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J. Dev. Biol. 2013, 1(1), 1-2; doi:10.3390/jdb1010001

Developmental Biology — Expanding the Horizon
Andy Wessels
Department of Regenerative Medicine and Cell Biology, Cardiovascular Developmental Biology Center, Medical University of South Carolina, 173 Ashley Avenue, Charleston, South Carolina 29425, USA; Email: Tel.: +1-843-792-8183 Fax: +1-843-792-0664
Received: 12 September 2012 / Accepted: 13 September 2012 / Published: 25 September 2012

Developmental biology is arguably the most exciting field of study within the biological sciences. To elucidate how complex organisms develop from a single cell into a complex organism is a quest that has captured the minds of many great scientists. The field of developmental biology comprises a wide variety of topics and uses a range of many different model systems. In the past, research in the field mainly focused on increasing our basic understanding of the elementary, yet complex, mechanisms that underlie the growth and development of animals and plants. As it has become increasingly clear that many of the concepts and paradigms developed within the context of developmental biological studies also apply to other conditions in life (e.g., cancer, wound healing, regeneration), the scope of developmental biology has even widened more and in many cases overlaps with other disciplines including genetics, cancer research, and regenerative medicine.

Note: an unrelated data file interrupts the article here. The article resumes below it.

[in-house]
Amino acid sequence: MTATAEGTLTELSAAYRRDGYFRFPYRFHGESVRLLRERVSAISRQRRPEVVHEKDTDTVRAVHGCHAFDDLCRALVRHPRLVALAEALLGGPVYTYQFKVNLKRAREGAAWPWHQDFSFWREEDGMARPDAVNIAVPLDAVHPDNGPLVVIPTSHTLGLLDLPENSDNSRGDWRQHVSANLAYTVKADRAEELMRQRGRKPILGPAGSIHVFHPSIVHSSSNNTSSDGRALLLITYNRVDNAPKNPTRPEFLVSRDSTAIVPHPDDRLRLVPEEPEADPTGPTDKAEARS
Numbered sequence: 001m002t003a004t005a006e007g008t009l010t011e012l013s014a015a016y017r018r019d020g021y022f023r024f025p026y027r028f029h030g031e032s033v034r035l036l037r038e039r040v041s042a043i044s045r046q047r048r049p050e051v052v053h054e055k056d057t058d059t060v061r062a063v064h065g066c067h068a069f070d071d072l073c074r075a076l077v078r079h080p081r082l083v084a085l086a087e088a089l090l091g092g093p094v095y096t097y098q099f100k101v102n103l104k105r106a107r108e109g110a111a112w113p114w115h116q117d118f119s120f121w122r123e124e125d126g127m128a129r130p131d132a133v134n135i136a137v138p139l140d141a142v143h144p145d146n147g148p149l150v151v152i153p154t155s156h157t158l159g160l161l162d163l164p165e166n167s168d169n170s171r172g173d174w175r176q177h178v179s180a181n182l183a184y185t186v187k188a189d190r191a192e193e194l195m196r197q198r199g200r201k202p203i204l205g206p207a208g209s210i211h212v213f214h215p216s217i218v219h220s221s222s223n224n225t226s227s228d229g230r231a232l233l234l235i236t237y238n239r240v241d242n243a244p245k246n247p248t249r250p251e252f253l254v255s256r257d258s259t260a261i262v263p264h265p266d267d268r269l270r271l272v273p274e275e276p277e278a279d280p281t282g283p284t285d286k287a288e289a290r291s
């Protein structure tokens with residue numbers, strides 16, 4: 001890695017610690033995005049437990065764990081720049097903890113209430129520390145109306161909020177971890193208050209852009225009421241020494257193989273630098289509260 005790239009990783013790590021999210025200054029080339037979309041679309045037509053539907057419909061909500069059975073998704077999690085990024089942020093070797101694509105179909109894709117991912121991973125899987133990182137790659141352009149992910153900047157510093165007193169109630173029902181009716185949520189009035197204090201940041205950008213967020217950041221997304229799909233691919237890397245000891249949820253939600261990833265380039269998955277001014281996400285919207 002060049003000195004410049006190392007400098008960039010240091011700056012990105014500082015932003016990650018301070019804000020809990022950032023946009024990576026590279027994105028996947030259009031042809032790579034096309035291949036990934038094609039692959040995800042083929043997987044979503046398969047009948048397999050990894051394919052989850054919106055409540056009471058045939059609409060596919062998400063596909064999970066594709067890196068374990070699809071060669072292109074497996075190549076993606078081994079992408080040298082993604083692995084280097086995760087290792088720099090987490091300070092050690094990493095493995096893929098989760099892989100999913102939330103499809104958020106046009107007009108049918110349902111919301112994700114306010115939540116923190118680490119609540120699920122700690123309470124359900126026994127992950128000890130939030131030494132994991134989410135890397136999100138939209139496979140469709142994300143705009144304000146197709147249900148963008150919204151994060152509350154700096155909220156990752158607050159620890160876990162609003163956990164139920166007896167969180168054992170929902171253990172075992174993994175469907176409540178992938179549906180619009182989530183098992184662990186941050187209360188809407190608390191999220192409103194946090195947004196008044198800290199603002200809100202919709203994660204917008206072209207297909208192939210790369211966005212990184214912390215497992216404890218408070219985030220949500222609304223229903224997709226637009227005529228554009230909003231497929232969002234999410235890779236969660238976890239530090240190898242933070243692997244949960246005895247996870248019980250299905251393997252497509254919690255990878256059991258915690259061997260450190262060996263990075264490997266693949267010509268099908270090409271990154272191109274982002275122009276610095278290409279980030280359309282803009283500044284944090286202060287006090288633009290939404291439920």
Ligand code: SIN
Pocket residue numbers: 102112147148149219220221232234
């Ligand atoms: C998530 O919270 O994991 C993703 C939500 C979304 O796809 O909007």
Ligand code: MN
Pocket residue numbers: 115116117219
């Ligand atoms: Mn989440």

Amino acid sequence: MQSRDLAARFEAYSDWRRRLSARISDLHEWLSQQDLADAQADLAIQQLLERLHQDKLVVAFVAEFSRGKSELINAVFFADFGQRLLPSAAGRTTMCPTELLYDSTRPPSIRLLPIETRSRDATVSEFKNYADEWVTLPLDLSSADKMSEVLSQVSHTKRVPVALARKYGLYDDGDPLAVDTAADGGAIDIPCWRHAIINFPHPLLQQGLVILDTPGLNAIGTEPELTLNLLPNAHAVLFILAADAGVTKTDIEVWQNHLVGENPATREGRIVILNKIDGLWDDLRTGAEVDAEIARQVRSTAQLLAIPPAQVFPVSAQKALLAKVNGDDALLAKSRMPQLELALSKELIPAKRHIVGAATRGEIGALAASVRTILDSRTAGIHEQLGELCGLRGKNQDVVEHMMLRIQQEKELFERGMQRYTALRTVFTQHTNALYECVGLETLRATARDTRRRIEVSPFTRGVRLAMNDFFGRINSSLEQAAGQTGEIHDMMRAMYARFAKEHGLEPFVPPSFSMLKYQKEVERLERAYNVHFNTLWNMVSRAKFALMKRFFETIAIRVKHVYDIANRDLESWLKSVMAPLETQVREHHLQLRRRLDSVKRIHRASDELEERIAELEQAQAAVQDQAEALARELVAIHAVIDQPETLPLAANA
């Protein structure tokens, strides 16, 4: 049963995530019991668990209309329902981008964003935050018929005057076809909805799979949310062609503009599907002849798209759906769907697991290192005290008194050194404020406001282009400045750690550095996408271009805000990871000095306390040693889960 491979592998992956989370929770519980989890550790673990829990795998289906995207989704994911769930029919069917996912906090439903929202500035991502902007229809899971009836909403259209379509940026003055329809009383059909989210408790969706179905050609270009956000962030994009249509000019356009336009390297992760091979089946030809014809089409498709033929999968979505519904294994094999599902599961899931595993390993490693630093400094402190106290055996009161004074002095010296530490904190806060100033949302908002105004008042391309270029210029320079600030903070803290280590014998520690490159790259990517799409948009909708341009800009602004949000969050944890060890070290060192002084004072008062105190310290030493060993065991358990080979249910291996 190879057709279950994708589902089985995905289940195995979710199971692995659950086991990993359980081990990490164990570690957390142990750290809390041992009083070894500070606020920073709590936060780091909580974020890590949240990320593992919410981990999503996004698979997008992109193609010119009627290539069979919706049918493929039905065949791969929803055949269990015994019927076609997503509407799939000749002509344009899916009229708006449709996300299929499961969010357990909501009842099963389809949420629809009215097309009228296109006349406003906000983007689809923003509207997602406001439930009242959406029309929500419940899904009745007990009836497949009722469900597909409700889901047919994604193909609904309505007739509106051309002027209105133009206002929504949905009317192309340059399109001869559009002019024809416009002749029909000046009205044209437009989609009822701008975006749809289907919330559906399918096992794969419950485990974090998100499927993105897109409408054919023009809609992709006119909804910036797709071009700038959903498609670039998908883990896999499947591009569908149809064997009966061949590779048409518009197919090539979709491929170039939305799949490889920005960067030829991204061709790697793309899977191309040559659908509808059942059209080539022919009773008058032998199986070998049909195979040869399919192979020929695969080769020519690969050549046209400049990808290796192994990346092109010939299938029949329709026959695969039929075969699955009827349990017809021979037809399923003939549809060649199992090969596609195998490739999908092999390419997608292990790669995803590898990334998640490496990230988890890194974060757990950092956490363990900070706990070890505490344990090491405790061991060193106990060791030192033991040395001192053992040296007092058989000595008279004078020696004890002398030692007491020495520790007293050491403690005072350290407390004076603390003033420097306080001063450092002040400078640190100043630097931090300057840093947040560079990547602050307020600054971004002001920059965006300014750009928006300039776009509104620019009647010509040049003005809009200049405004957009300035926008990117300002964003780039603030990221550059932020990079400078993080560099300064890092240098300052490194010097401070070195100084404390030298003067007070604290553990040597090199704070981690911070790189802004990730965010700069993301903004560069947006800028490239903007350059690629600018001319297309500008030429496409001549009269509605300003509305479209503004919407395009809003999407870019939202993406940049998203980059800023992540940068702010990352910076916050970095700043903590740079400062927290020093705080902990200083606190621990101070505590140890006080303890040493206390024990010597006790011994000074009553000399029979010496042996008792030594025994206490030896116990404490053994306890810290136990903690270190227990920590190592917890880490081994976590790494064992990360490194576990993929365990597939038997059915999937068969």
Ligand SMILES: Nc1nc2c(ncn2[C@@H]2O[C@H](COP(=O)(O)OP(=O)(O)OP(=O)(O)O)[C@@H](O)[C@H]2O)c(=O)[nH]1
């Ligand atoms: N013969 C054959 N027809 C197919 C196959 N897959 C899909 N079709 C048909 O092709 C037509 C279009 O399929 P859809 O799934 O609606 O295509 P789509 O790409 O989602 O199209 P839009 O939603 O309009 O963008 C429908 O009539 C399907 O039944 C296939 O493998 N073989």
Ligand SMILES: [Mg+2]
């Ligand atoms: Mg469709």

The primary goal of The Journal of Developmental Biology is to provide the scientific community with a platform to publish their scientific studies on the development of multicellular organisms at the molecular, cellular, tissue, organ, and whole organism levels in a speedy and efficient way. We also welcome papers in related fields, such as cancer and regenerative medicine, that have a clear developmental biological component. All papers submitted to The Journal of Developmental Biology will undergo a fast, yet thorough and rigorous, peer-review process to assess whether the work is of high quality. In this review process, strict ethical policies and standards will be applied. Reviewers will be specifically asked to focus on the quality of the conducted research, rather than on the impact or significance of the work in the field. After all, weighing the impact of a particular study is often difficult to determine (and can be very subjective) and what may seem to be a low-impact paper at one point may be considered a seminal paper in the future. We believe that if a study has been accurately conducted, if the methodology is sound and well described, and if the results are of quality, exciting and clearly reported, than that study is worthy of publication. While it often takes months before an accepted paper is published in other, more traditional, journals, the “open access” format of The Journal of Developmental Biology ensures fast dissemination of results to a large scientific audience.

While a “new arrival” in the field of journals that focus on developmental biology, we hope that The Journal of Developmental Biology will soon find its own niche. By including papers on “applied” or “translational” developmental biology we offer something that may be difficult to find in the competition. In an effort to facilitate this process, we plan to publish in the coming year a series of special issues, edited by experts in the respective disciplines, and an additional 20 original research papers. We strongly believe that with your help The Journal of Developmental Biology will quickly become a favorite venue for those that seek publication of their quality research without unnecessary delay.

J. Dev. Biol. EISSN 2221-3759 Published by MDPI AG, Basel, Switzerland RSS E-Mail Table of Contents Alert
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